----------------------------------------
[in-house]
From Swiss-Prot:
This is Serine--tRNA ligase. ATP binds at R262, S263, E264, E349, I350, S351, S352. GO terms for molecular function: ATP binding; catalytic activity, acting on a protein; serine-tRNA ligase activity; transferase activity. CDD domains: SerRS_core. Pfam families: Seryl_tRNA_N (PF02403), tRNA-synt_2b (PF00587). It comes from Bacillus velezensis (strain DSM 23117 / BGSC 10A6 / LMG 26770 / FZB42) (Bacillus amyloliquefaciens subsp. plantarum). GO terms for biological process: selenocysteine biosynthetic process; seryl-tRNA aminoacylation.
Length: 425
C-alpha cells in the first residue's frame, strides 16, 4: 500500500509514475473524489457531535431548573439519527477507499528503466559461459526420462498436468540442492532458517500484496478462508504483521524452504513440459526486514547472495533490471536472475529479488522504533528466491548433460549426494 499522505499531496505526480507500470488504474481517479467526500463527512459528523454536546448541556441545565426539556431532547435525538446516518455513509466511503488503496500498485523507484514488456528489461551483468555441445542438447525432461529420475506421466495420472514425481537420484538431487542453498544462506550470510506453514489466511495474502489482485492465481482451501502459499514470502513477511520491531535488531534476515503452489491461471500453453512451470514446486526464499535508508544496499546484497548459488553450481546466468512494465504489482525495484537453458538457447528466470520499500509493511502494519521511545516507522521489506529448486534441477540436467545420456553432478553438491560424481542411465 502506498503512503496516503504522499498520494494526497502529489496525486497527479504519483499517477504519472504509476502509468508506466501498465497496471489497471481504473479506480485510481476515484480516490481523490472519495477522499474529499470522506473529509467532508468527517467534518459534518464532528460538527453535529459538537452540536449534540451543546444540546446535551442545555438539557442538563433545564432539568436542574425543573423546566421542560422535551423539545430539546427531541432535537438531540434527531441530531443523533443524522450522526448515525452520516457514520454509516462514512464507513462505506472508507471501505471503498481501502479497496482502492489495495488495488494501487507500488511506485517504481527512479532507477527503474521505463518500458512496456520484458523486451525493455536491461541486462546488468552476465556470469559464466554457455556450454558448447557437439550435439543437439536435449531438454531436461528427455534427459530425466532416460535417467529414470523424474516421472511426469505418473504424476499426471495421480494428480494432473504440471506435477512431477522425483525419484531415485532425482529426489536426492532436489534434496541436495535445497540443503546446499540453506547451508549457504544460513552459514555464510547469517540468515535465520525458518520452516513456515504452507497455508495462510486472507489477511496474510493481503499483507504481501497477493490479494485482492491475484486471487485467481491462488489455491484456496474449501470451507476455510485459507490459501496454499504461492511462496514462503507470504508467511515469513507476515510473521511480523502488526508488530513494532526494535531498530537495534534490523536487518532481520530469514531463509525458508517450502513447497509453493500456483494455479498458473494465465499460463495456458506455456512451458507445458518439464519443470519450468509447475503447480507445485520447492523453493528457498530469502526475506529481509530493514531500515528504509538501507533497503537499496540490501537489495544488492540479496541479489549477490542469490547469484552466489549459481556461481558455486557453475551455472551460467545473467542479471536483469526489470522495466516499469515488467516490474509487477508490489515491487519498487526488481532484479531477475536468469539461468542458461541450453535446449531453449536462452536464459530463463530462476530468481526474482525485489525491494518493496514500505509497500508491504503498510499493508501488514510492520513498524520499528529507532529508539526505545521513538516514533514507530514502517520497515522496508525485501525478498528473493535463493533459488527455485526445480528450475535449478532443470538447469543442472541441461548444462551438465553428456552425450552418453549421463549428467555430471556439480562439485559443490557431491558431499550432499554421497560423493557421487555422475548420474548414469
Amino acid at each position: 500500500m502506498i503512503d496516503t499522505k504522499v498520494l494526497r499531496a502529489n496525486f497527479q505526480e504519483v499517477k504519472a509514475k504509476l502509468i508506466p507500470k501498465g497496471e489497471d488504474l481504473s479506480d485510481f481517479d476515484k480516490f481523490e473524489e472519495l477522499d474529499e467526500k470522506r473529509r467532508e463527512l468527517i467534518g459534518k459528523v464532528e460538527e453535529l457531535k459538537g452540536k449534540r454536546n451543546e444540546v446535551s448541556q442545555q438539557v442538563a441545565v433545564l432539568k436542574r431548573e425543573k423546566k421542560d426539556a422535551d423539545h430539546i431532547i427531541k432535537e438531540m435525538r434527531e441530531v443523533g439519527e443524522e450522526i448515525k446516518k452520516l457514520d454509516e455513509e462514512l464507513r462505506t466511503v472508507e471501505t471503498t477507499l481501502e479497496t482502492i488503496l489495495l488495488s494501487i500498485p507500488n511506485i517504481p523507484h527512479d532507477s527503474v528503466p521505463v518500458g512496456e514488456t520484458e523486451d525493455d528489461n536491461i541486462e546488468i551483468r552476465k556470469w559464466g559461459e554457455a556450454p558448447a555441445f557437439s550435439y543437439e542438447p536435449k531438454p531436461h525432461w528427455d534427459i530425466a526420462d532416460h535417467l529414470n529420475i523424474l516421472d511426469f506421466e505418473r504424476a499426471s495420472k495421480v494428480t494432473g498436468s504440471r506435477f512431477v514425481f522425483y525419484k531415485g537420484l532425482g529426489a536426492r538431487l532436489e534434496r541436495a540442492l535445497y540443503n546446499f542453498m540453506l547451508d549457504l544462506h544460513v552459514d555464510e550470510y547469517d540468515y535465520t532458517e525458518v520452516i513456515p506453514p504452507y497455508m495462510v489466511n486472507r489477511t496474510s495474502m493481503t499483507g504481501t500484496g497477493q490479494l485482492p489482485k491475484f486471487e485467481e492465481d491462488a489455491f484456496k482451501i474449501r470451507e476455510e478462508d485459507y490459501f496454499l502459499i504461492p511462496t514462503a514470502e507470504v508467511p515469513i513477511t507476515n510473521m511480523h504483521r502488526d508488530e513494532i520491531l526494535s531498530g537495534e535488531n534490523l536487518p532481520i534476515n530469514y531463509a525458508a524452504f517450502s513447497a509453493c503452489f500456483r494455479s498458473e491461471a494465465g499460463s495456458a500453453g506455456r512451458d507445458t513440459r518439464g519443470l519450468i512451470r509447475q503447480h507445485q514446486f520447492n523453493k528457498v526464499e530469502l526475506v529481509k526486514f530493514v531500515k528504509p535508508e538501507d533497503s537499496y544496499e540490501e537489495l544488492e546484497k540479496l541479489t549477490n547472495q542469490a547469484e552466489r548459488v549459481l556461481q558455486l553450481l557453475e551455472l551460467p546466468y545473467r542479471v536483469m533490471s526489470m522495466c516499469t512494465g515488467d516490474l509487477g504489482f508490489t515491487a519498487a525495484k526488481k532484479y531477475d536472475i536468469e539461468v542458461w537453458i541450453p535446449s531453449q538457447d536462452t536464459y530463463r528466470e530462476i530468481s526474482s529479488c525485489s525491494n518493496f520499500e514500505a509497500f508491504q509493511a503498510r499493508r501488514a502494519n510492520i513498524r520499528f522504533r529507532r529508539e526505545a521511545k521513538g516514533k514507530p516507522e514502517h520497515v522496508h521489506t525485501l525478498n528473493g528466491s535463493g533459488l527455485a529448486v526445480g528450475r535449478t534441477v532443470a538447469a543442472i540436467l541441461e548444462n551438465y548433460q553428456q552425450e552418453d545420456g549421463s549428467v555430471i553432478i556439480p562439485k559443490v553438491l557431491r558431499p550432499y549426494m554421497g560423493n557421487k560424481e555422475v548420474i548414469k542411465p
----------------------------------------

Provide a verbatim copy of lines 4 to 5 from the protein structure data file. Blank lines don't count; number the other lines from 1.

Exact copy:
Length: 425
C-alpha cells in the first residue's frame, strides 16, 4: 500500500509514475473524489457531535431548573439519527477507499528503466559461459526420462498436468540442492532458517500484496478462508504483521524452504513440459526486514547472495533490471536472475529479488522504533528466491548433460549426494 499522505499531496505526480507500470488504474481517479467526500463527512459528523454536546448541556441545565426539556431532547435525538446516518455513509466511503488503496500498485523507484514488456528489461551483468555441445542438447525432461529420475506421466495420472514425481537420484538431487542453498544462506550470510506453514489466511495474502489482485492465481482451501502459499514470502513477511520491531535488531534476515503452489491461471500453453512451470514446486526464499535508508544496499546484497548459488553450481546466468512494465504489482525495484537453458538457447528466470520499500509493511502494519521511545516507522521489506529448486534441477540436467545420456553432478553438491560424481542411465 502506498503512503496516503504522499498520494494526497502529489496525486497527479504519483499517477504519472504509476502509468508506466501498465497496471489497471481504473479506480485510481476515484480516490481523490472519495477522499474529499470522506473529509467532508468527517467534518459534518464532528460538527453535529459538537452540536449534540451543546444540546446535551442545555438539557442538563433545564432539568436542574425543573423546566421542560422535551423539545430539546427531541432535537438531540434527531441530531443523533443524522450522526448515525452520516457514520454509516462514512464507513462505506472508507471501505471503498481501502479497496482502492489495495488495488494501487507500488511506485517504481527512479532507477527503474521505463518500458512496456520484458523486451525493455536491461541486462546488468552476465556470469559464466554457455556450454558448447557437439550435439543437439536435449531438454531436461528427455534427459530425466532416460535417467529414470523424474516421472511426469505418473504424476499426471495421480494428480494432473504440471506435477512431477522425483525419484531415485532425482529426489536426492532436489534434496541436495535445497540443503546446499540453506547451508549457504544460513552459514555464510547469517540468515535465520525458518520452516513456515504452507497455508495462510486472507489477511496474510493481503499483507504481501497477493490479494485482492491475484486471487485467481491462488489455491484456496474449501470451507476455510485459507490459501496454499504461492511462496514462503507470504508467511515469513507476515510473521511480523502488526508488530513494532526494535531498530537495534534490523536487518532481520530469514531463509525458508517450502513447497509453493500456483494455479498458473494465465499460463495456458506455456512451458507445458518439464519443470519450468509447475503447480507445485520447492523453493528457498530469502526475506529481509530493514531500515528504509538501507533497503537499496540490501537489495544488492540479496541479489549477490542469490547469484552466489549459481556461481558455486557453475551455472551460467545473467542479471536483469526489470522495466516499469515488467516490474509487477508490489515491487519498487526488481532484479531477475536468469539461468542458461541450453535446449531453449536462452536464459530463463530462476530468481526474482525485489525491494518493496514500505509497500508491504503498510499493508501488514510492520513498524520499528529507532529508539526505545521513538516514533514507530514502517520497515522496508525485501525478498528473493535463493533459488527455485526445480528450475535449478532443470538447469543442472541441461548444462551438465553428456552425450552418453549421463549428467555430471556439480562439485559443490557431491558431499550432499554421497560423493557421487555422475548420474548414469